In Celebration of the Best Metal Documentaries
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Christopher Victorio Metallica performing at Outside Lands 2012
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Heavy metal fans are a tenacious bunch. Plenty of music fans will settle for a download or live television performance from their favorite acts, but metalheads are dedicated, compiling endless reels of footage into scrappy bootleg DVD collections, cataloging YouTube clips, generally devouring anything and everything they can get their hands on with obsessive passion.
The metal documentary is an art form in and of itself. Different from a performance document, the best docs dig into the heart of their subject matter, and in the case of metal, it's a strange, powerful place. Don't know where to start? Allow me to help.
An early classic of the genre revels in the gonzo, bone-headed idea of metal: Though This Is Spinal Tap was a (loosely scripted) mockumentary, its status as a legit document of the dazed and confused metal lifestyle is secure: Eddie Van Halen claimed "Everything that happened in that movie happened to me." Though it's clearly a joke -- a thoroughly and mercilessly funny one -- the film "taps" into what makes metal fun, while cleverly skewering the idea of anyone taking it too seriously.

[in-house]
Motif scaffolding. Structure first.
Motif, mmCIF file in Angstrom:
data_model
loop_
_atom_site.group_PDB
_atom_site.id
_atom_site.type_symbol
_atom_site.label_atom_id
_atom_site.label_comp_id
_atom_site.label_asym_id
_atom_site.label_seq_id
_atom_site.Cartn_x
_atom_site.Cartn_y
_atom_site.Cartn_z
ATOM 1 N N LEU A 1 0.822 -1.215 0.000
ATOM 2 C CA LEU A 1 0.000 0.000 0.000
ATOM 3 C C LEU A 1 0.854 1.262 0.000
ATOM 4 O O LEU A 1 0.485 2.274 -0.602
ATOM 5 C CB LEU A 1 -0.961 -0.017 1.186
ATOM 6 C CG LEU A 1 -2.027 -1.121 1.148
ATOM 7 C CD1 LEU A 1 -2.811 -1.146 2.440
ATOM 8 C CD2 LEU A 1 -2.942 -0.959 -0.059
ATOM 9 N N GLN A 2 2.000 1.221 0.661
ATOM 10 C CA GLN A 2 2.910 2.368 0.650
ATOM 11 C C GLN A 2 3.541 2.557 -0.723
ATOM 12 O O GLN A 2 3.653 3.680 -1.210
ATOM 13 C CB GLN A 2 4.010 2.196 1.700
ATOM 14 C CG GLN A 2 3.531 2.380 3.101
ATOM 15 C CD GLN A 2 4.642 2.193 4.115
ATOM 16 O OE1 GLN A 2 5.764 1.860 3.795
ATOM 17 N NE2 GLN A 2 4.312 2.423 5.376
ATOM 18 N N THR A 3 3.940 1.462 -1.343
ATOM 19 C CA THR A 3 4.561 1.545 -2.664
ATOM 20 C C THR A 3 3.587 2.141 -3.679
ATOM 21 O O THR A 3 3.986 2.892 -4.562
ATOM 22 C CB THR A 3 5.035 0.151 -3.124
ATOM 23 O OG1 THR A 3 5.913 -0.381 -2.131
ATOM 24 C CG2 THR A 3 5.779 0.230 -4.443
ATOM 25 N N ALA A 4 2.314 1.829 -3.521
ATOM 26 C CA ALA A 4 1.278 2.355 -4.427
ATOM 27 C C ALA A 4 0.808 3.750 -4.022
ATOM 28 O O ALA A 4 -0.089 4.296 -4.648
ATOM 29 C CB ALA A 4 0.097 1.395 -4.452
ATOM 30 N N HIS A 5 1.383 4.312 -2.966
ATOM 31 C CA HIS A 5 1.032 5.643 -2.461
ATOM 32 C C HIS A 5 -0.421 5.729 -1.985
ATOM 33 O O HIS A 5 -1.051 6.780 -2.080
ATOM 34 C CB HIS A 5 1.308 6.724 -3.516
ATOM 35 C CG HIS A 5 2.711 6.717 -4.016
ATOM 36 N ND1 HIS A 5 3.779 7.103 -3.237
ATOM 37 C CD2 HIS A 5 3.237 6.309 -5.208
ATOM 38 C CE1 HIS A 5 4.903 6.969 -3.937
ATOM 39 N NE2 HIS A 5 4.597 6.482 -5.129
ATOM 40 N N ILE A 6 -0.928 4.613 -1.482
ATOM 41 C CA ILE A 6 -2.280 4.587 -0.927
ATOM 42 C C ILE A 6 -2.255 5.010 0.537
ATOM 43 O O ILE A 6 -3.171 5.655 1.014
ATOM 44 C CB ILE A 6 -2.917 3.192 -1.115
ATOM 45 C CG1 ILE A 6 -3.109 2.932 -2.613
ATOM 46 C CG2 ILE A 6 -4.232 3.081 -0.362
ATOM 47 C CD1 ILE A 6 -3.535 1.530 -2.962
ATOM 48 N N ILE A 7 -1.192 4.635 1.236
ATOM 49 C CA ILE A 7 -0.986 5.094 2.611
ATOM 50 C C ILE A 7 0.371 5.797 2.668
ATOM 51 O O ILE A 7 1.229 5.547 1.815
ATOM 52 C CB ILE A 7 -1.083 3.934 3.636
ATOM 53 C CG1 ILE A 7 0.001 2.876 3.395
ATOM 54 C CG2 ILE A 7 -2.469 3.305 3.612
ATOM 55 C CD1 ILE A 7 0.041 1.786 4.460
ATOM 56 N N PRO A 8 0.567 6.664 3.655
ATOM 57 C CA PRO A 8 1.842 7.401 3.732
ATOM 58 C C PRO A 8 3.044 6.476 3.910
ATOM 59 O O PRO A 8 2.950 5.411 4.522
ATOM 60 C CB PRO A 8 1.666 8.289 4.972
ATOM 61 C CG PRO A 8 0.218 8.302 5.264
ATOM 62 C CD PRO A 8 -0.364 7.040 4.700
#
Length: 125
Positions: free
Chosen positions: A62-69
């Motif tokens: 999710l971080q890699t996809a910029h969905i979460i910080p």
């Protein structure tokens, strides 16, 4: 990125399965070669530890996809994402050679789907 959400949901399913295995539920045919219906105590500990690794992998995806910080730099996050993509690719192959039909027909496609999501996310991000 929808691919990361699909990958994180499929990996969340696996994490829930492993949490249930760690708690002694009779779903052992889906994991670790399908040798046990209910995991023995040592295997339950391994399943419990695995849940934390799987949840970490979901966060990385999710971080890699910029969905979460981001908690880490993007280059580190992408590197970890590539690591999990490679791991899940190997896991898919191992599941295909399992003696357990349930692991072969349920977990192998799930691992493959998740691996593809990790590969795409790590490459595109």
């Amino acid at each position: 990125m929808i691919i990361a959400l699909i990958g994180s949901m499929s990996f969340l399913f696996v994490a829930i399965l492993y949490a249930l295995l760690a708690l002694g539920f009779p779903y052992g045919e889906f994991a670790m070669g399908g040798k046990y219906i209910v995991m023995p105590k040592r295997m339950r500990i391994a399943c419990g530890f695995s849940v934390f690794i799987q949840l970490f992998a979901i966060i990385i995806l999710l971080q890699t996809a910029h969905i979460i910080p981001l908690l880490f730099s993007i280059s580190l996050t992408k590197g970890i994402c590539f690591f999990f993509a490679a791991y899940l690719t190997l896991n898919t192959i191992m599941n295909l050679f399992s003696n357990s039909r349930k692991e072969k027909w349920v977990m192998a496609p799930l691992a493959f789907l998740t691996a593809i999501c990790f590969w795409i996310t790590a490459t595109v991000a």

Heavy Metal Parking Lot (1986) is a classic, a testament to the youthful spirit of metal, with such scenes as a spandex-wearing adolescent shouting that Madonna's "a dick" and punk rock "should be on Mars."
Spinal Tap "Break Like the Wind"
Penelope Spheeris' Decline of Western Civilization 2: The Metal Years (1988) looked at the Sunset Strip scene that gave rise to such glam metal bands as Poison and Guns N' Roses. Favorite part? A surprisingly coherent Ozzy Osbourne cooking breakfast in a bathrobe, and Paul Stanley of Kiss doing his interview from a satin-covered bed, covered in a tangle of lingerie-clad groupies.
The 2000s saw the art form expand and grow: Metal: A Headbanger's Journey (2005) was created by 31-year-old headbanger-turned-anthropologist Sam Dunn as he explored heavy metal's cultural impact and its fans' devotion. I love how it breaks through heavy metal stereotypes. Heavy Metal in Baghdad (2007) flips the concept of the Decline of Western Civilization 2: The Metal Years, showing a different side of heavy metal -- the other side of the world. In Iran, wearing one of your favorite heavy metal band's shirts could get you thrown into jail.
Also, I can't forget DimeVision, which presents Pantera's Dimebag Darrell as a sort of heavy metal Walt Disney who showcases home videos, pranks and mind-blowing riffs with constant access to an open bar. Or Pantera: 3 Vulgar Videos From Hell, a hell-raising collection of Pantera's home videos, live concerts, and everything in between.